Saturday, July 31, 2010

Urgency, anyone?

Urgency, anyone? --- For us commuters in DC, using the Metro has been a godsend and, lately, a rather harrowing experience. Accidents and equipment failures have become the rule rather than the exception. Last week the National Transit Safety Board filed its report about a terrible accident last year and emphasized the need for a major change, if not transformation of the system. We heard the Metro commentators say the change to a safer system will take time --- years not months. How do you think it made us feel riding the Metro the next day? Probably the same way parents feel when they send their kids to schools that need to be transformed.

Thursday, July 8, 2010

Imprressive Research Conference but...

Connecting research, policy and practice at IES Research conference --- We hung out at the Institute of Education Sciences' annual research conference a week ago. It was a far cry from the first small gathering five years. This one was large (over 1200 grantees and others), with very high production values and important presentations and conversations. Here are five quick observations:

Easton's vision --- In his keynote speech the IES director hit all the right points in presenting his vision and soon-to-be-released proposed research priorities focusing on the interrelationships among research, policy, and practice.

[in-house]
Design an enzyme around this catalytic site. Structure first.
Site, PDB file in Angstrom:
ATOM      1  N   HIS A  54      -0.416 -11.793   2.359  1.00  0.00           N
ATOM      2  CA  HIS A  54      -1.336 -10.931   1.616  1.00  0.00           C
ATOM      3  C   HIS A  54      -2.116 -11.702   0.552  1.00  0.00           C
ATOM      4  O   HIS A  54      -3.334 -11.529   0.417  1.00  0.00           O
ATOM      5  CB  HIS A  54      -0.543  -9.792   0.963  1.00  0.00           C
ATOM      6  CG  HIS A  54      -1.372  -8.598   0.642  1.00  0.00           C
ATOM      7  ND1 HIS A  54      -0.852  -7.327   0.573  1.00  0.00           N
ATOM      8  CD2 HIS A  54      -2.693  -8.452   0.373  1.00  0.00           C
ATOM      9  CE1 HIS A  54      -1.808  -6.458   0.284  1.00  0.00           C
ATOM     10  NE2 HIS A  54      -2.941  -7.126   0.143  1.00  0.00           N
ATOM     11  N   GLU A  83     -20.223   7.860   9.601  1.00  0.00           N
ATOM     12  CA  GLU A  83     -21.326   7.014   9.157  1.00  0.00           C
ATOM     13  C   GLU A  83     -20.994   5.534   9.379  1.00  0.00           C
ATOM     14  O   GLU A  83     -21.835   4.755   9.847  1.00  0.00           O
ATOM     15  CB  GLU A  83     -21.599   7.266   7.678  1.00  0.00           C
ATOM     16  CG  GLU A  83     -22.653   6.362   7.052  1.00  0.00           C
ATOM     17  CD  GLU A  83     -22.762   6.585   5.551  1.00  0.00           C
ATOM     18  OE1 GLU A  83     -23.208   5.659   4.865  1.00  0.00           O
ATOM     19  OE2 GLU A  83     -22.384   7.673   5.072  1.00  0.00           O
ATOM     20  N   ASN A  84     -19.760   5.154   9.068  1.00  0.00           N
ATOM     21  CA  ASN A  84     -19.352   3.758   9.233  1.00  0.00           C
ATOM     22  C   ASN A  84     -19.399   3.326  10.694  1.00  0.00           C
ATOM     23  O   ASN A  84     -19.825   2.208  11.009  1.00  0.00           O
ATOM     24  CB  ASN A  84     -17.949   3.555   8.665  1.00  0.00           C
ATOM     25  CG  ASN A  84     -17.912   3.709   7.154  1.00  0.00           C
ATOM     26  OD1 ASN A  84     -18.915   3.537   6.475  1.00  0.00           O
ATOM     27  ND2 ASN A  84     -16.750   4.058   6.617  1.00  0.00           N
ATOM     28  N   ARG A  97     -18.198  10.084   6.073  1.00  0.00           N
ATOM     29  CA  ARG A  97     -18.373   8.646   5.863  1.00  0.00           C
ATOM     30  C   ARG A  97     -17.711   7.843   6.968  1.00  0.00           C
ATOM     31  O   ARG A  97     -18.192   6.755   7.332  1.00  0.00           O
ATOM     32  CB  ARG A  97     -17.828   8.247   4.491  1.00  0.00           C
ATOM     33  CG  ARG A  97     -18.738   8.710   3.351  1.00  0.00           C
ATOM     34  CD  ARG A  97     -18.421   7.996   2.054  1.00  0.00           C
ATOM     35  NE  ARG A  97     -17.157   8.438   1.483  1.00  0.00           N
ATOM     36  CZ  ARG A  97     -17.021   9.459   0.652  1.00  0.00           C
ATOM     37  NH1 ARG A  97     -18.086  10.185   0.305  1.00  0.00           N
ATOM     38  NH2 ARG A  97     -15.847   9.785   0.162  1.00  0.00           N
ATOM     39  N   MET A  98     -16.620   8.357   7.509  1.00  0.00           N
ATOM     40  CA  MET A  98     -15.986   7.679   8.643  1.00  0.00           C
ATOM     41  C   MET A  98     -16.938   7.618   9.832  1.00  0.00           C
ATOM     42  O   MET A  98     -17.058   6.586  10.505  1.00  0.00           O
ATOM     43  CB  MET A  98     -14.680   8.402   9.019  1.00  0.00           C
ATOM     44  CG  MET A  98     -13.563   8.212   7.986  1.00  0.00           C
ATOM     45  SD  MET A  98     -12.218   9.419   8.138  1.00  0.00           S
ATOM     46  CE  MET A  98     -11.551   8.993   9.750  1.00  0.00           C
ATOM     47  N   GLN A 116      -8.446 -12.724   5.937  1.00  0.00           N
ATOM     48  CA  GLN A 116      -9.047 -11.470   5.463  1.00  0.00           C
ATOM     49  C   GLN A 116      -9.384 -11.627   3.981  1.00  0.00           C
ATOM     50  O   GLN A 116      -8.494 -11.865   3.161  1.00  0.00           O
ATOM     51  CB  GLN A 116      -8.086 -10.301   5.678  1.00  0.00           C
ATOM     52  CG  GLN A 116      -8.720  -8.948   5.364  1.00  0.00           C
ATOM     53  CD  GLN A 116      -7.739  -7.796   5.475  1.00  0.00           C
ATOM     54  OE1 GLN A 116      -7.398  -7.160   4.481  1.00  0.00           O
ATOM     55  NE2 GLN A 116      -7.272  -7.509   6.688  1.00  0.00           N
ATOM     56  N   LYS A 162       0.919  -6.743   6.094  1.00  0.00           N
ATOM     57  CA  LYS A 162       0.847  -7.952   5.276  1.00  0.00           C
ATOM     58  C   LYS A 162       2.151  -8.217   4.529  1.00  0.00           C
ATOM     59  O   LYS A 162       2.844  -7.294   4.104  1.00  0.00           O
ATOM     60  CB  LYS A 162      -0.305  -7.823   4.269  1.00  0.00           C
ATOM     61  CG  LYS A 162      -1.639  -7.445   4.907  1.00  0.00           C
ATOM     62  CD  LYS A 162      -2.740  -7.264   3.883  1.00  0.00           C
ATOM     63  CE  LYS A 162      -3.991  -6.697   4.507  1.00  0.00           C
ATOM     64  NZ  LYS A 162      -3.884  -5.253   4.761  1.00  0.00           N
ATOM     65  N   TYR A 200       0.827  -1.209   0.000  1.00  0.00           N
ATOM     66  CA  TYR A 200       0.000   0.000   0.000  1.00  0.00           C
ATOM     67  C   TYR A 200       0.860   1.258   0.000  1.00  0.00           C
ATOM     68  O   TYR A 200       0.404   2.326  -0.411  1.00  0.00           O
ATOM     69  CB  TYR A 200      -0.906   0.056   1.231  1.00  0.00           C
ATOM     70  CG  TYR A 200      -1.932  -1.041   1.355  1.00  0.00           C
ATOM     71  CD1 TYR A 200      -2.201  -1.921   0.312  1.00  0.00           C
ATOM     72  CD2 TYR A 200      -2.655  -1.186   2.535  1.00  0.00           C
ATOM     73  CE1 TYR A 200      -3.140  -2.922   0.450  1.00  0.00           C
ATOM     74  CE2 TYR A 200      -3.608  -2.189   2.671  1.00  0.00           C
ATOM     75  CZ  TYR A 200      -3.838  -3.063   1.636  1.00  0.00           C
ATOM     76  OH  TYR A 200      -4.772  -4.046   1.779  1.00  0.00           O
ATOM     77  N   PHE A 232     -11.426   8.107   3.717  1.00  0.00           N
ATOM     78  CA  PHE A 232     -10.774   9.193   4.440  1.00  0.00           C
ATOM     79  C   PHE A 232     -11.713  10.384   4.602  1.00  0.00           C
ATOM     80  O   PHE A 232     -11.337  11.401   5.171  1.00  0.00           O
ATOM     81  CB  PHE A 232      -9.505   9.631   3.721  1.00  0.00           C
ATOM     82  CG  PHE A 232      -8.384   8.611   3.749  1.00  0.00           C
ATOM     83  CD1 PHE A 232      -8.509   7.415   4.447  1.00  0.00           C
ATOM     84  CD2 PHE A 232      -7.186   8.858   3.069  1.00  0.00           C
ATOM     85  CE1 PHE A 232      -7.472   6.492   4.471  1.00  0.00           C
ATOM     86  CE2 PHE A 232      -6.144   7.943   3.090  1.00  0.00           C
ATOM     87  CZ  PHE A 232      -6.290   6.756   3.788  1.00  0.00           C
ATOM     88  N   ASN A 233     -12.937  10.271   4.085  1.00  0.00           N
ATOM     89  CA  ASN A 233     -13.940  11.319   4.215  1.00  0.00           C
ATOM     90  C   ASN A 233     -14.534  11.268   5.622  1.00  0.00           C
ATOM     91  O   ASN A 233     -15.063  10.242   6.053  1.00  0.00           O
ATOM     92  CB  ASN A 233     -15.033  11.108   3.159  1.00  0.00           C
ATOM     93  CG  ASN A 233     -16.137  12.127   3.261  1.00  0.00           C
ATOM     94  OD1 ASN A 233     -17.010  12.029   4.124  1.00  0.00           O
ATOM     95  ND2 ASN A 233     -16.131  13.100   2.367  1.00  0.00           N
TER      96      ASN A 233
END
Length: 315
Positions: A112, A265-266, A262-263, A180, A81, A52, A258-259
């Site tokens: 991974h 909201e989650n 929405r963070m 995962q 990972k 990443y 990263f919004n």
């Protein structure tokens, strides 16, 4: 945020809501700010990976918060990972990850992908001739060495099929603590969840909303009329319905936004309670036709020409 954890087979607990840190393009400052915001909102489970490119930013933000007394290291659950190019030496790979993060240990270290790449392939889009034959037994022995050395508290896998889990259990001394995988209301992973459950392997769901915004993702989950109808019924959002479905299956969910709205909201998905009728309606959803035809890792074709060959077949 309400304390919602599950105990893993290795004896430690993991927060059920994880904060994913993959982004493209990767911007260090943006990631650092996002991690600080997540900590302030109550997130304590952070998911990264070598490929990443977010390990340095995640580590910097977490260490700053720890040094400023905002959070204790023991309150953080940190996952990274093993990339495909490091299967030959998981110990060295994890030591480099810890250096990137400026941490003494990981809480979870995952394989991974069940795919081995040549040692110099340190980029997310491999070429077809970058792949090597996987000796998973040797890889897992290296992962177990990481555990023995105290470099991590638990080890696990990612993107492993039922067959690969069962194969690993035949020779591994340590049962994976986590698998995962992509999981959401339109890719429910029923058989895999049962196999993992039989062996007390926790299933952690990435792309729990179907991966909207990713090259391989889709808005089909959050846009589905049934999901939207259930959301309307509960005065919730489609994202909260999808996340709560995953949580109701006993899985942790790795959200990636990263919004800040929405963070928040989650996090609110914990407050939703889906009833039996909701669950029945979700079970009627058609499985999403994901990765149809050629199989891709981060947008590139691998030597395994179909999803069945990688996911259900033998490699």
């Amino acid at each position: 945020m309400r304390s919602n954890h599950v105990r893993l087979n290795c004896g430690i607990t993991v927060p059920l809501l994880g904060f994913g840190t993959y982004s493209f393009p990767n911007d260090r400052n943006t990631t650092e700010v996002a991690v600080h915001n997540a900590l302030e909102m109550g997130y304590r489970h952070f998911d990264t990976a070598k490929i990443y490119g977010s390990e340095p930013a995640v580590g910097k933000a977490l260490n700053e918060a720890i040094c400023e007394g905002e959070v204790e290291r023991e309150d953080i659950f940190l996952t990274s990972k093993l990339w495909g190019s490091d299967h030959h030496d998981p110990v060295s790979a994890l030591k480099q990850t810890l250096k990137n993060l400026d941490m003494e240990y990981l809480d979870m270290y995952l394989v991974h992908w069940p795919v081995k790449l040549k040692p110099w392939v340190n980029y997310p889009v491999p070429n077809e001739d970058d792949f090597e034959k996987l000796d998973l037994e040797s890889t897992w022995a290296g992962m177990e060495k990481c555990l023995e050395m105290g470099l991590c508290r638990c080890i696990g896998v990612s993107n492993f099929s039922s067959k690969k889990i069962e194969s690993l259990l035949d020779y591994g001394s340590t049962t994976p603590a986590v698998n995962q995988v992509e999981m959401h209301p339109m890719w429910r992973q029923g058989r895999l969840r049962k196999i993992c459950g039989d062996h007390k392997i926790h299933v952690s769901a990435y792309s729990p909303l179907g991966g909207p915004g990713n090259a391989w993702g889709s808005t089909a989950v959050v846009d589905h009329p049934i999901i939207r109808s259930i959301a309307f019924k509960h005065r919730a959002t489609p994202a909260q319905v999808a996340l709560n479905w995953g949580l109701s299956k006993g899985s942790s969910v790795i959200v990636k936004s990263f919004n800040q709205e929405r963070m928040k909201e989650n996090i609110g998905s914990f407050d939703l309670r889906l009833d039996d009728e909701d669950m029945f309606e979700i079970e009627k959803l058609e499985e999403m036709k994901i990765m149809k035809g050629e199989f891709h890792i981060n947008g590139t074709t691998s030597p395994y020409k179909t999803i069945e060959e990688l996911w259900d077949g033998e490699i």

Duncan gets closer --- While the Secretary has always been strong in connecting R&D, innovation and high performance for America's long term economic competitiveness, until his opening comments at this conference he has been weak in making the same connections for education. But this time he was eloquent in repeatedly characterizing research as "the compass for education reform". We thought this was a breakthrough of sorts.

Most frequently heard words --- Use, partnership, relevance, rigor, practice to research.

Least frequently heard word --- Innovation

Biggest concern --- How and how soon will IES staff begin to implement Easton's vision?

Complex Web of Ed Politics

Complex web of education politics at work--- The emergency supplemental appropriations debate in Congress last week brought to the surface in dramatic fashion last week the complexity of education politics these days. Consider these dynamics:

A guns-or-butter debate between Republicans and Democrats;
A reform vs jobs argument within the Democratic Party;
An equity vs excellence issue for reform-minded many civil rights groups;
The Obama Administration was forced into a nasty corner---having to threaten a veto of a help-the-troops bill which would save teacher jobs but upset favorite ed reform strategies. Hmmm it was not a choice that Obama wanted to have to make during an election year. This episode surely demonstrates why ed politics, and ESEA reauthorization in particular, is so tough to navigate. Great political skill and leadership are needed to get it done Where are you, Ted Kennedy?